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Clay Mills Junction

Hi. Thinking about putting a line around my garden.

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Hi,
I have a smallish back garden (about 23'x14' useable) that is mostly grass and is completely level. I don't have anywhere inside I could put up a permanent layout  so I was thinking about running a single line around the garden.
I'm in the Midlands, not far from the place I've used as a forum name and thought I'd say hi rather than signing up and lurking. I don't want to be the kind of person who asks loads of questions without ever getting serious about doing it as that wastes people's time and I know there are quite a few challenges to building outside. So I thought I'd sign up so I could have a good look at the forum and thoroughly research before I decide.

I'd be modelling 80's to 90's Northern Scotland.
Thanks,

Barry.

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Hi Barry, I'm pleased you've decided to join us so welcome to the forum. I'm sure we get plenty of people lurking around and many perhaps go away and build a garden layout for themselves after seeing what others have achieved here but it's much nicer when they choose to join with us and share their experiences through the forum.

As you'll probably have gathered, there's not a lot of us and sometimes you can be waiting a while before anyone responds to your posts but don't let that put you off - we are a pretty friendly bunch and there's rarely, if ever, any disagreements among us.

Lack of space indoors is generally the reason many people consider a garden railway although I have to say that I prefer an outdoor layout to the indoor one. It just seems so much more realistic when you're faced with similar challenges to the real world and natural scenery and lighting does take some beating.

There's lots of challenges outdoors and you'll probably see some people laying down a few decking timbers with track on and calling it a garden railway - if only it was that simple. If you're looking for a way to run a few trains for a few weeks then you could probably get away with doing that but if you want a layout that will last a good few years then you do need to think solid foundations from the start. I've gone through a few different materials for the track base but in my opinion nothing beats concrete and masonry. No matter which type of timber you choose it will twist and warp eventually and you'll end up with your railway looking more like a roller coaster - that's if it doesn't rot beforehand. The trouble with concrete and masonry type materials is they don't always look pleasing in the garden unless you can disguise them in some way and once it's in there's major work involved if ever you choose to remove it all. However, I would certainly recommend building with something solid and weatherproof.

There's nothing wrong with a single line either, I absolutely love mine, and even a single line can keep you busy. Northern Scotland in the 80's and 90's period is also a great choice in my view (though others may disagree) - it's an ideal combination for a garden railway. I'm just trying to incorporate more rockery to my lineside to give it more of a 'West Highland' feel but that's something best suited to a ground level railway as some of the the rocks are pretty substantial. The trouble with a ground level setting is it's not that good for the knees!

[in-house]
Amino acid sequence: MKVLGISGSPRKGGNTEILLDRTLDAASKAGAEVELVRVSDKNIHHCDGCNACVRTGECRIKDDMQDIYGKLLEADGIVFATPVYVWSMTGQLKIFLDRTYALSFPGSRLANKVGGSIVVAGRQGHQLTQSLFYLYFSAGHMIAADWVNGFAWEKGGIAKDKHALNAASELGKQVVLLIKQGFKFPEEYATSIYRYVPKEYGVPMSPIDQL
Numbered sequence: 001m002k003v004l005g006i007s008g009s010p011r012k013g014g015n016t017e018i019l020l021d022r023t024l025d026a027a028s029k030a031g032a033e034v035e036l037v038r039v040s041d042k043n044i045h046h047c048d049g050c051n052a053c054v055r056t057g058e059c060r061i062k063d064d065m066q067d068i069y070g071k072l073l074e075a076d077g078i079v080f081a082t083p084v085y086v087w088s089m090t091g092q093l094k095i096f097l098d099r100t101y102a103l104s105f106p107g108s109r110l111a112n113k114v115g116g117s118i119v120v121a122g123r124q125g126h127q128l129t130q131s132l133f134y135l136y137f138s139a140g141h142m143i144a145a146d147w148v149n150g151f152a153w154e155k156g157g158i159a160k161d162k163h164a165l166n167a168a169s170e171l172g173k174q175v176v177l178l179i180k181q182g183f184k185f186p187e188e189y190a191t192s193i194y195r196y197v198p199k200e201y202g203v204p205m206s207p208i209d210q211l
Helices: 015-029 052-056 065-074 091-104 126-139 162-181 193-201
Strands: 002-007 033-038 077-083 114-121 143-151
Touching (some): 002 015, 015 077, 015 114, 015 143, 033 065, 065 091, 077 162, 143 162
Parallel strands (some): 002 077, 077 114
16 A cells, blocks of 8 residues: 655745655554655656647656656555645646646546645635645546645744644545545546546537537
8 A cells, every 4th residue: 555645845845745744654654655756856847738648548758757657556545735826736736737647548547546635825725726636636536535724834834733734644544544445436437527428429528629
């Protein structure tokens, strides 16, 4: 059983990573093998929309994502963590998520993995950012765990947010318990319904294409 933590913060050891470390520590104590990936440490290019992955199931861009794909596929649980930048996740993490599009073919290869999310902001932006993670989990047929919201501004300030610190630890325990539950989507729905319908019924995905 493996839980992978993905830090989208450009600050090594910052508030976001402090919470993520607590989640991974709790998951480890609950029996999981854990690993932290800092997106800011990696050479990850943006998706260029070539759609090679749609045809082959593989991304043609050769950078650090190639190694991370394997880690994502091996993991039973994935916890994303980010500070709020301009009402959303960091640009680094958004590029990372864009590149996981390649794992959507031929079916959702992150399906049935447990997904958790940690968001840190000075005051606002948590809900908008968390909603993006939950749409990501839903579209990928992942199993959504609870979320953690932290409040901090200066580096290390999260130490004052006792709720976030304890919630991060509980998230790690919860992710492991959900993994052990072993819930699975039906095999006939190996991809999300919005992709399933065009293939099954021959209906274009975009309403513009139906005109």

What's you're thinking regarding height of your layout? Although my garden slopes and I have ground level track rising to approx chest height (though the track remains level throughout) I find I spend more time at ground level, again because it just seems so much more realistic and there's more scope for natural scenery.

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Hi Barry.

23' by 14' turns out to be the size of my garden, once it's been converted into metric. Plenty of room to get some long trains running. Having build a twin track loop around the perimeter, I've started a second end to end one.

Its very easy to procrastinate about taking on a project of this scale. I recommend that you crack on with it. Work in phases, so you can get trains running, and recognise that it may take a few years to build your whole layout. Which is rather good if you like the construction side of the hobby.

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Hi Mick,
Thanks, if I can contribute any of my existing knowledge in any of the other topics I will do rather than just lurking :-) I've had model trains since I was 3, so I'm not new to things, just to outdoors.

Given my house is East Midlands, it isn't the wettest part of the country and the garden is sheltered by fences or walls on all sides. I'm not that keen on standard radius curves, I'd prefer much greater radii and that is only really possible by going outdoors for me. I'm also coming to the conclusion that less can sometimes be more, hence the single line around the garden and I already have an idea of track plan.
I'm not that interested in creating scenery if I am perfectly honest, hence thinking that outdoors there is lots of natural scenery, though the garden is a kind of blank canvas at the moment.
Height wise, as the garden is flat other than an area of decking outside the door, I was thinking of the railway being that height around the garden (15-20cm). I like the look of yours with the aerated blocks creating the raised trackbed. My initial thought was something like that to support the single line curved sections and removable boards that could come in over winter or when we get long periods where the weather gets stuck in a rainy cycle with the passing loop station and bridge over the path.

Chris,